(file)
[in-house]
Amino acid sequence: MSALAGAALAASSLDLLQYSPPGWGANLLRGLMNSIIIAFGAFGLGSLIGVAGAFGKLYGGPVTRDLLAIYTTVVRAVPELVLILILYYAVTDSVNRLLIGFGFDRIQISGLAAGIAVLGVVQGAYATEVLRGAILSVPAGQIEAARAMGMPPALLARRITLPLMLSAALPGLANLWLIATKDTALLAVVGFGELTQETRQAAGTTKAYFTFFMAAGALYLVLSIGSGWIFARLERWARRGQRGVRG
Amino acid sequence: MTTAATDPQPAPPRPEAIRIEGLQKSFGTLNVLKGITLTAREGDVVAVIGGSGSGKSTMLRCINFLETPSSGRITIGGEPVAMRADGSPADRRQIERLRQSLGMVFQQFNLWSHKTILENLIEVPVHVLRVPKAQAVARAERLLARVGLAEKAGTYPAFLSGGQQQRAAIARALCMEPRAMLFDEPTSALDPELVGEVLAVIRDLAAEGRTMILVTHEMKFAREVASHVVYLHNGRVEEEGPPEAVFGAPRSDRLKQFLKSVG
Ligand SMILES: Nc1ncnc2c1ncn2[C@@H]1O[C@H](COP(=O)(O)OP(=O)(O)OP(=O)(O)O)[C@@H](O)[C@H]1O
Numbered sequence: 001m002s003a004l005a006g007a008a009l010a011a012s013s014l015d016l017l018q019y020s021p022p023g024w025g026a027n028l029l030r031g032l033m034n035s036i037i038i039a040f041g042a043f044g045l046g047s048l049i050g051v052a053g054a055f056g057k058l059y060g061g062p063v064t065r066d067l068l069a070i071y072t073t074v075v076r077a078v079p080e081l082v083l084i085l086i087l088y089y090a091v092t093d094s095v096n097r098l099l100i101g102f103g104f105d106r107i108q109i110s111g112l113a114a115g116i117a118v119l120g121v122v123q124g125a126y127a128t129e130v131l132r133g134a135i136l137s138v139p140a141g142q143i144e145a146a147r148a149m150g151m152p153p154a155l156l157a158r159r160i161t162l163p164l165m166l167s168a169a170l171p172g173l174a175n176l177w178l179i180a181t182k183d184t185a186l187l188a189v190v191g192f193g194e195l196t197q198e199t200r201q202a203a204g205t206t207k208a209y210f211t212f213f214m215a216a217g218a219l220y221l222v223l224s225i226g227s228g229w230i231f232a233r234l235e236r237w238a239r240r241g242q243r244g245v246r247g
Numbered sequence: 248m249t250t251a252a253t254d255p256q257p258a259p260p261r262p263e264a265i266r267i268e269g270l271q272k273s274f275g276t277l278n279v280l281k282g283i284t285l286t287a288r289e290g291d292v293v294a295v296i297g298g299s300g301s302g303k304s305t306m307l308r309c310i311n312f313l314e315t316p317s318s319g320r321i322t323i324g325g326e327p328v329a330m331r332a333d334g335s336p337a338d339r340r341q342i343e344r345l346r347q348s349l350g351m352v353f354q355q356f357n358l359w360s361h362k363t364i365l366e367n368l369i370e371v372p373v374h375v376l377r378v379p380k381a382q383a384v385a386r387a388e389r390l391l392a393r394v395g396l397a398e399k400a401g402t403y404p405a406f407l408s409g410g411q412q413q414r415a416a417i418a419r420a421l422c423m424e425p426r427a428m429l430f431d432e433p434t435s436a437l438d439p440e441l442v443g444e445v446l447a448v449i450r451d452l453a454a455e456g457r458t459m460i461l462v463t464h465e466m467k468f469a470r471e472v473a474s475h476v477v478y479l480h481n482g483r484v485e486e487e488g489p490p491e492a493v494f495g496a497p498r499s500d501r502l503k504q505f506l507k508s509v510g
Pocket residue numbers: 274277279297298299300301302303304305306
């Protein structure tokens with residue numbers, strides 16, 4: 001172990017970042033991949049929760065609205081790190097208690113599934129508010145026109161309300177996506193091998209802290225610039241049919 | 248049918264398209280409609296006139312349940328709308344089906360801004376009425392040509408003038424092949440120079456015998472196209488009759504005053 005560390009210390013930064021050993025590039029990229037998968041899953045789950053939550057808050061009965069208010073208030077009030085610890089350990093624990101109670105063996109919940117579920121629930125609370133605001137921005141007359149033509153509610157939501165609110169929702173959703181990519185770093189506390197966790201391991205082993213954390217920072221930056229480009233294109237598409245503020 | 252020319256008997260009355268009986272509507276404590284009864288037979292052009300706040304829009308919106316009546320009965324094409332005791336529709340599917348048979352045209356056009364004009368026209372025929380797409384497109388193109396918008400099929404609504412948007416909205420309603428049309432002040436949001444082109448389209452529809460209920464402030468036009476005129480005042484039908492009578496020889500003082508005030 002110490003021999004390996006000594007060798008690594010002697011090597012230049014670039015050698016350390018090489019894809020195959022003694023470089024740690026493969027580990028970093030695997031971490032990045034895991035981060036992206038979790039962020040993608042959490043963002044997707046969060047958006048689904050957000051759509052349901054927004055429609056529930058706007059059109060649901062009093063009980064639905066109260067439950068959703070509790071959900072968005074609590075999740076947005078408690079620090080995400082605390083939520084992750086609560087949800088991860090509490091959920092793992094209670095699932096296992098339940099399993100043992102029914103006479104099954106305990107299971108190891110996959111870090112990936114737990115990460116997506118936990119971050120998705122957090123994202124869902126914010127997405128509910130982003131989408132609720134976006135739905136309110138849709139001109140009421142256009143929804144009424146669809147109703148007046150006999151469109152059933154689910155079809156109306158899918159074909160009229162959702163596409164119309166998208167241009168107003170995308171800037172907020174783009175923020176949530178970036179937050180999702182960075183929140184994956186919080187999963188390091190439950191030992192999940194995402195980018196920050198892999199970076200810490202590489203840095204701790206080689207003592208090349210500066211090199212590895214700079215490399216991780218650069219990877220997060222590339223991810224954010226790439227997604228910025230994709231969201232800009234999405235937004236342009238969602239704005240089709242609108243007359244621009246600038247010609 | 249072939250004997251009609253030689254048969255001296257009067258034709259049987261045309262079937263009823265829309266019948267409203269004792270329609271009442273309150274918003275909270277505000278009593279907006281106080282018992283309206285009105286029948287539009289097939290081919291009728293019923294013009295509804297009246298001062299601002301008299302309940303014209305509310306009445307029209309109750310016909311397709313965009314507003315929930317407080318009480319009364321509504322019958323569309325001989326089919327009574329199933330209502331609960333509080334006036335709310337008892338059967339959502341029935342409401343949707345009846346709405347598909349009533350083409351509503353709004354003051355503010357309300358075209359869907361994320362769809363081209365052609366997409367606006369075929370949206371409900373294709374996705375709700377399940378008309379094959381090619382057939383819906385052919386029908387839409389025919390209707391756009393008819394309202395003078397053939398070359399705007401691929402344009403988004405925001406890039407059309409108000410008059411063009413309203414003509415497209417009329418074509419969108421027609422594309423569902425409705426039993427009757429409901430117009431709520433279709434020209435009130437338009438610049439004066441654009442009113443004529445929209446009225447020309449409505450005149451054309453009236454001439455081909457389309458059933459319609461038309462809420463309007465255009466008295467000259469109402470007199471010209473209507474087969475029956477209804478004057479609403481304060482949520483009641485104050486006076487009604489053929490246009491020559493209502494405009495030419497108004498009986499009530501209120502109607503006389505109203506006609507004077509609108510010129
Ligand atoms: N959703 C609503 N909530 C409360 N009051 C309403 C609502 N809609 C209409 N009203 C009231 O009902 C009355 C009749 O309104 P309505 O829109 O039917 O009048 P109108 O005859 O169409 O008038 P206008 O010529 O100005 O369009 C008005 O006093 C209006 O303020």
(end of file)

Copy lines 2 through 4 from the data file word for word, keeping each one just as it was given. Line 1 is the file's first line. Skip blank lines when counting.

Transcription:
Amino acid sequence: MSALAGAALAASSLDLLQYSPPGWGANLLRGLMNSIIIAFGAFGLGSLIGVAGAFGKLYGGPVTRDLLAIYTTVVRAVPELVLILILYYAVTDSVNRLLIGFGFDRIQISGLAAGIAVLGVVQGAYATEVLRGAILSVPAGQIEAARAMGMPPALLARRITLPLMLSAALPGLANLWLIATKDTALLAVVGFGELTQETRQAAGTTKAYFTFFMAAGALYLVLSIGSGWIFARLERWARRGQRGVRG
Amino acid sequence: MTTAATDPQPAPPRPEAIRIEGLQKSFGTLNVLKGITLTAREGDVVAVIGGSGSGKSTMLRCINFLETPSSGRITIGGEPVAMRADGSPADRRQIERLRQSLGMVFQQFNLWSHKTILENLIEVPVHVLRVPKAQAVARAERLLARVGLAEKAGTYPAFLSGGQQQRAAIARALCMEPRAMLFDEPTSALDPELVGEVLAVIRDLAAEGRTMILVTHEMKFAREVASHVVYLHNGRVEEEGPPEAVFGAPRSDRLKQFLKSVG
Ligand SMILES: Nc1ncnc2c1ncn2[C@@H]1O[C@H](COP(=O)(O)OP(=O)(O)OP(=O)(O)O)[C@@H](O)[C@H]1O